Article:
Trami (Northwestern Pacific Ocean)

Sep. 26, 2018 – NASA-NOAA’s Suomi NPP Satellite Gets an Infrared View Typhoon Trami

Typhoon Trami looked formidable in infrared imagery taken from NASA-NOAA’s Suomi NPP satellite as it moves to the southern Islands of Japan.

Suomi NPP Image of Trami
The VIIRS instrument on the Suomi NPP satellite flew over Typhoon Trami at 1724 UTC (1:24 p.m. EDT) on Sept. 25. Cloud top temperatures were near 190 Kelvin/-117.7F/-83.5C around the eye of the storm. Credit: UWM/SSEC/CIMSS, William Straka III

NASA-NOAA’s Suomi NPP satellite provided forecasters with a night-time and infrared look at Trami’s clouds on Sept. 25 at 1724 UTC (1:24 p.m. EDT). Cloud top temperatures were near 190 Kelvin/ minus 117.7 degrees Fahrenheit / minus 83.5 degrees Celsius around the eye of the storm. Cloud tops that cold can produce heavy rainfall.

William Straka III of the University of Wisconsin-Madison, Space Science and Engineering Center (SSEC) Cooperative Institute for Meteorological Satellite Studies (CIMSS), Madison, created the images. Straka said, “The infrared imagery showed a wide eye along with the obvious convection and tropospheric gravity waves.”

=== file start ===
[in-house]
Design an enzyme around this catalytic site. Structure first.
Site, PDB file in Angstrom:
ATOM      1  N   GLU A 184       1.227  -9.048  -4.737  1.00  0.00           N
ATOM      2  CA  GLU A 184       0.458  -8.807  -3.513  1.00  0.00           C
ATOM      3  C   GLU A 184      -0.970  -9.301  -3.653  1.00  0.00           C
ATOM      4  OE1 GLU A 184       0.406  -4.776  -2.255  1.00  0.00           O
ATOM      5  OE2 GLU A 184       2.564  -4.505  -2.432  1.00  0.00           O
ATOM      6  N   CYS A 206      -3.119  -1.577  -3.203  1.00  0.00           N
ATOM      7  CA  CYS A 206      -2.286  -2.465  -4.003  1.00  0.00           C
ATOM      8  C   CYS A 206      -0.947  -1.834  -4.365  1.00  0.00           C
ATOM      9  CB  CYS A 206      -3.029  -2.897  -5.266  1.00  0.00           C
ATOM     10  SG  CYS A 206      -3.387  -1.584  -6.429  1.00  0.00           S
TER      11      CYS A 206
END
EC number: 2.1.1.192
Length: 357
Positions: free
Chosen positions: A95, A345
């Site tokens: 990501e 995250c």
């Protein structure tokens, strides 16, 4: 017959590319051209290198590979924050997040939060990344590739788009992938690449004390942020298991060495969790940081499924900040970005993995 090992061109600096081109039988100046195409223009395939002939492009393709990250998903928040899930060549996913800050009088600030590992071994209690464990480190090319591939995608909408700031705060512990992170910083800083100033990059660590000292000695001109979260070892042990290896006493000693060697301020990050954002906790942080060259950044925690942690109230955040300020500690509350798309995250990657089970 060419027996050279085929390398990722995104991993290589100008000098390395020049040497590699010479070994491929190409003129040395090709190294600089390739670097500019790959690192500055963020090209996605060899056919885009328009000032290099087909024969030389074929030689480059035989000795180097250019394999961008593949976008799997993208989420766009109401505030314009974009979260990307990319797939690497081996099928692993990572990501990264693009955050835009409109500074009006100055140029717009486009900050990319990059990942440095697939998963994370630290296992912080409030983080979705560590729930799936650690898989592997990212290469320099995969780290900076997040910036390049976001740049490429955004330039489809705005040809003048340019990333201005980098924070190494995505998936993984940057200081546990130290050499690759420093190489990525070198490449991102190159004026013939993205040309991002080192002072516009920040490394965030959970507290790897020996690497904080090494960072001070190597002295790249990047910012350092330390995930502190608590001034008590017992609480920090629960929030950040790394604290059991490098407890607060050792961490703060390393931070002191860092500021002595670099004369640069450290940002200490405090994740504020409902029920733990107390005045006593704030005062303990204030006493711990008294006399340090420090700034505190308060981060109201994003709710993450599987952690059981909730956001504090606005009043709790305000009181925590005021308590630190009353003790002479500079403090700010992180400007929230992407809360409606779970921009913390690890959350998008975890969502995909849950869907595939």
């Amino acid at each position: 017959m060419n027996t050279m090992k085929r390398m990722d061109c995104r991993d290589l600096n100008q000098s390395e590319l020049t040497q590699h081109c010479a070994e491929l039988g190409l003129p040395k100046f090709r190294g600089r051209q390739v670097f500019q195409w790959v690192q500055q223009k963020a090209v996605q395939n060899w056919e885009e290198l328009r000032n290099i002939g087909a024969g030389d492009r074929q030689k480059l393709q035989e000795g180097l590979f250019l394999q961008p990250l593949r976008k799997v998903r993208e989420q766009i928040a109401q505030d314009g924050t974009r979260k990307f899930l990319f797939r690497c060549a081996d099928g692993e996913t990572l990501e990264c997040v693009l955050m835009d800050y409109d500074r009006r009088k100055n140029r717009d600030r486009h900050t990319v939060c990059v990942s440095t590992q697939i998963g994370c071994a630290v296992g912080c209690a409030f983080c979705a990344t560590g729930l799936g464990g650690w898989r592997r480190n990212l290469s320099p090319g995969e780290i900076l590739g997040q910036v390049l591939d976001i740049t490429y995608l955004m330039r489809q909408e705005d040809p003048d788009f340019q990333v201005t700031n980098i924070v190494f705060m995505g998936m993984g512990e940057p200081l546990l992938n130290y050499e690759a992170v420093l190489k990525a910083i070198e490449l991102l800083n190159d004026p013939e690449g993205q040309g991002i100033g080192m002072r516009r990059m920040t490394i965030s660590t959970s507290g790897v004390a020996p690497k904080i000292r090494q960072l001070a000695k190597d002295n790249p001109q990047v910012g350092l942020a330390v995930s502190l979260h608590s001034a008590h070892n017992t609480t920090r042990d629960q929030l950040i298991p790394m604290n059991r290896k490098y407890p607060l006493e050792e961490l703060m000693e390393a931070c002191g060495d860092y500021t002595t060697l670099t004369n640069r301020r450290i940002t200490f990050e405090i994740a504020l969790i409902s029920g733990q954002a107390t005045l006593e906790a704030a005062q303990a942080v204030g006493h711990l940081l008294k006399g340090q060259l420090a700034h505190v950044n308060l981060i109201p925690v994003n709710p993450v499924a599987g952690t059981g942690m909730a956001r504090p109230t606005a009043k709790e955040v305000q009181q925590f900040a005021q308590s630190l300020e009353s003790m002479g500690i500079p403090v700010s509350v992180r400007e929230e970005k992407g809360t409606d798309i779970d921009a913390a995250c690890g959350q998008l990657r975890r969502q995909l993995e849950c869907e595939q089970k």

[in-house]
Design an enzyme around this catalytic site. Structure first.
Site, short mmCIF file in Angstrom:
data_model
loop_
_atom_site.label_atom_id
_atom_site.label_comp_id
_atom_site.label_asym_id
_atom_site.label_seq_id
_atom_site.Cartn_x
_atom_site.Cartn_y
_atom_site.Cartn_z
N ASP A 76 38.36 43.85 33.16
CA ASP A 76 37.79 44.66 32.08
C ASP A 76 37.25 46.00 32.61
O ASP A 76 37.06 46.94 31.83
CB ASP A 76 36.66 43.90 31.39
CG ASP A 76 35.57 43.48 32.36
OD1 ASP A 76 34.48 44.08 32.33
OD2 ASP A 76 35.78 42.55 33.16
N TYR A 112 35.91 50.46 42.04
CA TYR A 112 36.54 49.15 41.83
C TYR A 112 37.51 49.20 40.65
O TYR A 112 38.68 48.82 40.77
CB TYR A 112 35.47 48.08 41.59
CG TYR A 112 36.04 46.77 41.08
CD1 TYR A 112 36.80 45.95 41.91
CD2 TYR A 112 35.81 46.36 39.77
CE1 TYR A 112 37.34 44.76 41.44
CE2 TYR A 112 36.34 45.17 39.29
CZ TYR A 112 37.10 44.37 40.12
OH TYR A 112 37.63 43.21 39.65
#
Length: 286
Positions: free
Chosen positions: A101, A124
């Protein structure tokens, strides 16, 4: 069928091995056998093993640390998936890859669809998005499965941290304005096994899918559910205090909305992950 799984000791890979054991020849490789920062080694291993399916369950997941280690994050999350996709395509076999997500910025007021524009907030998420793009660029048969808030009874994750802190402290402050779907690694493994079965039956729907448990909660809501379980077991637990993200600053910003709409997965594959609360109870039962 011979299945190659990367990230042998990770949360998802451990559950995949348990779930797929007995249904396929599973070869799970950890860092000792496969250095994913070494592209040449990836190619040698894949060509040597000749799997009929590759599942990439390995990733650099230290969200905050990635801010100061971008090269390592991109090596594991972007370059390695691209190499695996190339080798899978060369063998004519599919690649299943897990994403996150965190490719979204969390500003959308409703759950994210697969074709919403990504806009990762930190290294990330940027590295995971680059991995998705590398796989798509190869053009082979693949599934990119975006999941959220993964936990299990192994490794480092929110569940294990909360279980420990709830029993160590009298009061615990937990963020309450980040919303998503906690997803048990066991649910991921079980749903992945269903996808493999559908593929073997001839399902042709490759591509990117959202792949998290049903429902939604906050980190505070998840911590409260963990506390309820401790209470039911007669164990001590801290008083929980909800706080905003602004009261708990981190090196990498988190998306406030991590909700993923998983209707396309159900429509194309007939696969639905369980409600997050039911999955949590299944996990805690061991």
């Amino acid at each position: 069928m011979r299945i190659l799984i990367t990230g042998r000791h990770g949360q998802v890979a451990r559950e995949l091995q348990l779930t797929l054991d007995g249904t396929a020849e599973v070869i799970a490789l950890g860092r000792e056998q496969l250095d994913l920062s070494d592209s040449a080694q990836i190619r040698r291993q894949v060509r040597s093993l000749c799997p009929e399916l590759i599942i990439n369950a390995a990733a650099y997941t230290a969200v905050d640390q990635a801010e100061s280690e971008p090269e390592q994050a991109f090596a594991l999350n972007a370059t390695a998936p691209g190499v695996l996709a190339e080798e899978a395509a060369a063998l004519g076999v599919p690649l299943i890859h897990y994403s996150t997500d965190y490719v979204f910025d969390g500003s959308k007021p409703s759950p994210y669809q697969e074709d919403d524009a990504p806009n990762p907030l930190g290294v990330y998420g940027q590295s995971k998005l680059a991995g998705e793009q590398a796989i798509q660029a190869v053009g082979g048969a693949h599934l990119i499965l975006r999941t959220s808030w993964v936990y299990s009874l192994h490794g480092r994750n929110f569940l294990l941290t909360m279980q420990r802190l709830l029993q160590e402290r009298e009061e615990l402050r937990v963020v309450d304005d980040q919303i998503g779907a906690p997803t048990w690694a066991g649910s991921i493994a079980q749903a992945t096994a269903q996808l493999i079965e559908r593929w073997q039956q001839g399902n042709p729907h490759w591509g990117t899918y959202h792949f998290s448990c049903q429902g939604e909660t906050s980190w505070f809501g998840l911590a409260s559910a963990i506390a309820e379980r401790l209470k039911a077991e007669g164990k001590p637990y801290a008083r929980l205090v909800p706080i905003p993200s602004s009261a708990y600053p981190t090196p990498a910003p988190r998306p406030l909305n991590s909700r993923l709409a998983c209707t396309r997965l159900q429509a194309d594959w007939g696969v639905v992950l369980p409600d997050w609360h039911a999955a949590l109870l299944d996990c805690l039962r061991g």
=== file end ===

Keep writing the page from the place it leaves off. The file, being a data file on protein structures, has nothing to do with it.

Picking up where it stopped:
At 11 a.m. EDT (1500 UTC) Trami’s center was located near latitude 21.3 North, longitude 129.3 West. That’s about 321 nautical miles south-southeast of Kadena Air Base, Okinawa, Japan. Maximum sustained winds are near 103 mph (90 knots/166 kph) with higher gusts.

The Joint Typhoon Warning Center forecast calls for Trami to weaken slowly as the storm moves slowly north. The storm will then re-strengthen to 110 knots, after which it will become extra-tropical. The typhoon will become extra-tropical on passing Honshu.

By Rob Gutro
NASA’s Goddard Space Flight Center